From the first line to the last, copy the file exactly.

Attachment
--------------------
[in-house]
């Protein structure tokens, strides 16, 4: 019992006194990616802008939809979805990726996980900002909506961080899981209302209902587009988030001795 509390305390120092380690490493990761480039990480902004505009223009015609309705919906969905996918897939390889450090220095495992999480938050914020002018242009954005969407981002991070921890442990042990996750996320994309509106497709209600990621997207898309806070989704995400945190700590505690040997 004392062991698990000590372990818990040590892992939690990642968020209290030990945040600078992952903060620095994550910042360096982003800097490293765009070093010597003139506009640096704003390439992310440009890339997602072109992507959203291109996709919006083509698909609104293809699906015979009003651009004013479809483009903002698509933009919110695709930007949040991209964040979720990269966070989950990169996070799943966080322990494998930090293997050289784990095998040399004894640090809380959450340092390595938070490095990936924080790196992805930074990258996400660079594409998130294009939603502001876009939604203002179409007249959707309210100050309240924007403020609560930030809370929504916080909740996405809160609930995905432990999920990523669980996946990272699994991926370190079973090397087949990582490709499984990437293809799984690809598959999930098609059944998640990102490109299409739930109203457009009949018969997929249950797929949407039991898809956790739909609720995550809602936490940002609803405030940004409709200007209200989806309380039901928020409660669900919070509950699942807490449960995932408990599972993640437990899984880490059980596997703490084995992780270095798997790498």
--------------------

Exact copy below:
[in-house]
């Protein structure tokens, strides 16, 4: 019992006194990616802008939809979805990726996980900002909506961080899981209302209902587009988030001795 509390305390120092380690490493990761480039990480902004505009223009015609309705919906969905996918897939390889450090220095495992999480938050914020002018242009954005969407981002991070921890442990042990996750996320994309509106497709209600990621997207898309806070989704995400945190700590505690040997 004392062991698990000590372990818990040590892992939690990642968020209290030990945040600078992952903060620095994550910042360096982003800097490293765009070093010597003139506009640096704003390439992310440009890339997602072109992507959203291109996709919006083509698909609104293809699906015979009003651009004013479809483009903002698509933009919110695709930007949040991209964040979720990269966070989950990169996070799943966080322990494998930090293997050289784990095998040399004894640090809380959450340092390595938070490095990936924080790196992805930074990258996400660079594409998130294009939603502001876009939604203002179409007249959707309210100050309240924007403020609560930030809370929504916080909740996405809160609930995905432990999920990523669980996946990272699994991926370190079973090397087949990582490709499984990437293809799984690809598959999930098609059944998640990102490109299409739930109203457009009949018969997929249950797929949407039991898809956790739909609720995550809602936490940002609803405030940004409709200007209200989806309380039901928020409660669900919070509950699942807490449960995932408990599972993640437990899984880490059980596997703490084995992780270095798997790498």